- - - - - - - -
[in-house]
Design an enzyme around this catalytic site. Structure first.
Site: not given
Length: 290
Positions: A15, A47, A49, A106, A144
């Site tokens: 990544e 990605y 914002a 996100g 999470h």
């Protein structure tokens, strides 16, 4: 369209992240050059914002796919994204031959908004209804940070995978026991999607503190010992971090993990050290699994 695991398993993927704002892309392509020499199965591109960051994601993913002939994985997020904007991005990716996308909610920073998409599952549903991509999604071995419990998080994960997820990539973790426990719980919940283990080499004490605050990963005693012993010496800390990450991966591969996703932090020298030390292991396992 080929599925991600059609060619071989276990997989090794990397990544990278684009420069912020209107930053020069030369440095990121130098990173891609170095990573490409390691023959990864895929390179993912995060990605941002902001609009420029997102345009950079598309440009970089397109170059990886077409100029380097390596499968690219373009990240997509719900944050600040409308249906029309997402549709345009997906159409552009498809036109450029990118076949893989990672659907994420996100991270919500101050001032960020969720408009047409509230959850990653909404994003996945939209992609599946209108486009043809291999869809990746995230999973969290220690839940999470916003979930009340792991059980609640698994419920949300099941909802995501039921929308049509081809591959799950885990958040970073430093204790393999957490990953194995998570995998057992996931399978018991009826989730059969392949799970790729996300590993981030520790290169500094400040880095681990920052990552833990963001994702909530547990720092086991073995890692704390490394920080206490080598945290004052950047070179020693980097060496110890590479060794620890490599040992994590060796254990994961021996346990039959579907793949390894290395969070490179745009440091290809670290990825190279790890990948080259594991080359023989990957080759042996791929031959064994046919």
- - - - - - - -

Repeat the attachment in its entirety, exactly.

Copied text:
[in-house]
Design an enzyme around this catalytic site. Structure first.
Site: not given
Length: 290
Positions: A15, A47, A49, A106, A144
């Site tokens: 990544e 990605y 914002a 996100g 999470h």
């Protein structure tokens, strides 16, 4: 369209992240050059914002796919994204031959908004209804940070995978026991999607503190010992971090993990050290699994 695991398993993927704002892309392509020499199965591109960051994601993913002939994985997020904007991005990716996308909610920073998409599952549903991509999604071995419990998080994960997820990539973790426990719980919940283990080499004490605050990963005693012993010496800390990450991966591969996703932090020298030390292991396992 080929599925991600059609060619071989276990997989090794990397990544990278684009420069912020209107930053020069030369440095990121130098990173891609170095990573490409390691023959990864895929390179993912995060990605941002902001609009420029997102345009950079598309440009970089397109170059990886077409100029380097390596499968690219373009990240997509719900944050600040409308249906029309997402549709345009997906159409552009498809036109450029990118076949893989990672659907994420996100991270919500101050001032960020969720408009047409509230959850990653909404994003996945939209992609599946209108486009043809291999869809990746995230999973969290220690839940999470916003979930009340792991059980609640698994419920949300099941909802995501039921929308049509081809591959799950885990958040970073430093204790393999957490990953194995998570995998057992996931399978018991009826989730059969392949799970790729996300590993981030520790290169500094400040880095681990920052990552833990963001994702909530547990720092086991073995890692704390490394920080206490080598945290004052950047070179020693980097060496110890590479060794620890490599040992994590060796254990994961021996346990039959579907793949390894290395969070490179745009440091290809670290990825190279790890990948080259594991080359023989990957080759042996791929031959064994046919």